Confessions of a Galley Slave (the writing kind)

Melva and I are, as of yesterday, officially galley slaves. The galleys for Chasing Prince Charming have landed in our in-boxes, which means the journey from “beach ball” (our code name for the initial stage of this venture) to “actual book” is nearing the home stretch.

This is both exciting and scary. This morning, I opened the file, to have my first look and there they were, our names, our title, our copyrights. This is real. This is happening. There’s the credit for the cover art. We have not yet seen the cover art, but it appears we got our first choice of The Wild Rose Press’ cover artists (and was that ever a hard choice to make) and there are ISBN numbers and everything. There’s the pressure of knowing this is our last, last, last chance to make any changes, spot any errors, because, after this, it is all set in stone. That’s the scary part. What if we miss something big? What if the whole editorial team misses something big? (Not thinking that’s very possible, honestly) What if it actually stinks, and everybody hates us?

Yeah, not thinking that last one is very possible, either. That’s where the exciting part comes into play. On the one hand, we have to go through the whole thing, checking for extra spaces, wandering commas, changing eye colors (I think I found one of those, actually) and other such occupational hazards of the writing life, but on the other hand, we get to read Our Book as an actual book. This is what it’s going to look like when readers who don’t know us in real life, who pick the book up because they want to read Meg and Dominic’s story, are going to see it.

The thought of people out there in the world, willingly exchanging actual monies for what began as two hungry writers waiting for breakfast (truly though, I am sure that applies to many jointly written novels) is enough to make one (or two, in this case) giddy. Nevertheless, we had a special Skype session, to plan out how we’re going to tackle the work, so that we can get it in quickly and accurately. This is actually one of my favorite parts of the process, because it does mean that we are almost at the finish line. I told Melva that I wouldn’t be at all surprised if we go through this more quickly than we expect, and she agreed that we probably will.

Though we called the meeting to talk about galley edits, that was pretty straightforward, and so conversation soon turned to Drama King, and Queen of Hearts, which will come after that. We spoke, even, of an as yet untitled other project, with as yet unnamed characters, but somebody (probably the heroine) is going to be a professional organizer (which of course begs that her counterpart be if not a professional mess, close to it.) We batted around a few ideas, including a flash of a scene I’d had. Melva told me she thought she knew how it was going to go, but wanted me to say it anyway. That, of course, was exactly what she had thought, and we can’t wait to get started on that book, as well.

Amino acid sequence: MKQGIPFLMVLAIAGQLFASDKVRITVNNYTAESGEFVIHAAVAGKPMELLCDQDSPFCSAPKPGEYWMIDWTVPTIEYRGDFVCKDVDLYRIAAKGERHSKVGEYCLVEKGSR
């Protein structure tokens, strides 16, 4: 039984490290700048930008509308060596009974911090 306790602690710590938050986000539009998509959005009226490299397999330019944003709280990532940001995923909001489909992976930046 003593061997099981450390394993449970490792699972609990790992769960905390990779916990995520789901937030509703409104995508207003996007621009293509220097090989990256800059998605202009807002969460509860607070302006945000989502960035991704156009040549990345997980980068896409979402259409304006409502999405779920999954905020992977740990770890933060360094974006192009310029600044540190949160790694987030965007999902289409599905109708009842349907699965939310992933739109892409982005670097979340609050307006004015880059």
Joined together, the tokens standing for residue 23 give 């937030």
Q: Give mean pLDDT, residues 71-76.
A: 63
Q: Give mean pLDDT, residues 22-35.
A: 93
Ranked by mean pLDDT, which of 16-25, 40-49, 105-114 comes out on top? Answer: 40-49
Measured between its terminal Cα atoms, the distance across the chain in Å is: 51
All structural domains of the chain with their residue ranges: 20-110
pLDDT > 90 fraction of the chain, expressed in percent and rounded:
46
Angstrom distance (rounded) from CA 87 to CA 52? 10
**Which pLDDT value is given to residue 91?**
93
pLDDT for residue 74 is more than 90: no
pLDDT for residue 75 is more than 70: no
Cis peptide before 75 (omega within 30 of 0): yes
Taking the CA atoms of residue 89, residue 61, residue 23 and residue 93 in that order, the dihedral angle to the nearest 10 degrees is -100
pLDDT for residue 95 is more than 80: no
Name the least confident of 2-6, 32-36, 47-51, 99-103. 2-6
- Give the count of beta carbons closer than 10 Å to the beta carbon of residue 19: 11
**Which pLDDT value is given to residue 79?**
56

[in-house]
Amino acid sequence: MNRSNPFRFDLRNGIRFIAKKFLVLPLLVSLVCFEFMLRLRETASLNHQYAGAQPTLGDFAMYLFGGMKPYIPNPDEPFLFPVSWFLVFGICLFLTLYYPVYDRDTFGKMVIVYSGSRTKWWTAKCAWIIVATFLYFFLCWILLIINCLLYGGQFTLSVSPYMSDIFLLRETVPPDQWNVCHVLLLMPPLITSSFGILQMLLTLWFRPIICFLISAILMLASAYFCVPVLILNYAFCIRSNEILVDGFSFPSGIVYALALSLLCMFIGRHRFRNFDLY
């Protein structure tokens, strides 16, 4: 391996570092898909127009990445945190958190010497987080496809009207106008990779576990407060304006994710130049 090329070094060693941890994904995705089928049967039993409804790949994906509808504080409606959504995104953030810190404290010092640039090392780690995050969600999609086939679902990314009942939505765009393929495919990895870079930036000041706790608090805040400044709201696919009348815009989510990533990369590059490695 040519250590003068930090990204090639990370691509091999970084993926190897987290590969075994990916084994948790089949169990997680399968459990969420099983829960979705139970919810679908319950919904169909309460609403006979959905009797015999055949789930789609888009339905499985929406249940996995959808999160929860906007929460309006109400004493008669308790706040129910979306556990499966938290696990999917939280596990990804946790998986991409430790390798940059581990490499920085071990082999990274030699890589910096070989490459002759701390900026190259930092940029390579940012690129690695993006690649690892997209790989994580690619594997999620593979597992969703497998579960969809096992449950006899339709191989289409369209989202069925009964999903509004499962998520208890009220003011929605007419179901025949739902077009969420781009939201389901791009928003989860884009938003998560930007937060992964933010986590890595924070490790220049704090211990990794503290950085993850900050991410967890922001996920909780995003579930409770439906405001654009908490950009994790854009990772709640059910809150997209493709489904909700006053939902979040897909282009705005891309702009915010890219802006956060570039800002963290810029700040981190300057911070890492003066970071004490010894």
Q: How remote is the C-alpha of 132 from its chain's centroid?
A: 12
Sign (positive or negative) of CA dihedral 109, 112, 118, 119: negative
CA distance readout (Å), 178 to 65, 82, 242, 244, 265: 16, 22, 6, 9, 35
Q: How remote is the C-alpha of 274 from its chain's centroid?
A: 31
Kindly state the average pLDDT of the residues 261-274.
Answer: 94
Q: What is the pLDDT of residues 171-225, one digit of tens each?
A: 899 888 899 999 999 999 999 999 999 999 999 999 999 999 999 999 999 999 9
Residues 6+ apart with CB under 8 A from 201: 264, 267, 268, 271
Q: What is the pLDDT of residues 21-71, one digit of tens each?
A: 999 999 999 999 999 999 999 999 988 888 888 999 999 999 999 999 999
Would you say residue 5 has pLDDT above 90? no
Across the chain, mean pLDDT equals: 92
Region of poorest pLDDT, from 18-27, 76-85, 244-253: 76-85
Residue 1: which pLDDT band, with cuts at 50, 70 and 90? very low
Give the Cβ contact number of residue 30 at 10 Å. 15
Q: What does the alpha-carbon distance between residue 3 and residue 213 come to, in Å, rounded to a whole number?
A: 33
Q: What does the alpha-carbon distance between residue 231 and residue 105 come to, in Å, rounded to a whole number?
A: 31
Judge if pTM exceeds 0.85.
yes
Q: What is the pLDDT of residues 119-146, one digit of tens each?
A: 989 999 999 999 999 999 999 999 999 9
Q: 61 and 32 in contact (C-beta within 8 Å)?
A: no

Melva did chide me for being two books ahead, but I reminded her that I’m waiting on delivery of a special binder that will hold only papers pertaining to our jointly written novels. There will be a Chasing Prince Charming section, a section for Drama King, one for Queen of Hearts, and then one for future projects. (Update: binder has arrived, and she is gorgeous, and I will post “baby” pictures once I have her set up with papers and such.) It doesn’t seem at all unusual or scary to think of writing future books with Melva. On the contrary, it feels very natural, and gives me an excuse to natter on Skype with a longtime friend, make up stories that never would have occurred to me, alone, in a million years, and honestly say that I am working. I consider that a pretty sweet deal.

Sp. where does this leave me on the historical romance front? Honestly? More in love with it than ever. I consider that a side effect of the year of “yes, and…” Back when I was a baby reader (and baby writer) I often felt that a historical writer also writing contemporary was a betrayal of sorts. Now, I don’t think that way. If a writer no longer wants to write historical, for any of number of reasons, and contemporary gives them joy, I say go for it. Follow the bliss. For me, that bliss takes me to a place where I want to write all of the books. Know what? I might, at that.

2 thoughts on “Confessions of a Galley Slave (the writing kind)

  1. I can’t wait to read what you and Melva wrote! As for going contemporary, why would anyone want to pigeon-hole themselves into historial or any other specific box? Write the story that comes into your head or heart, no matter what box it fits into. Best wishes to you both!

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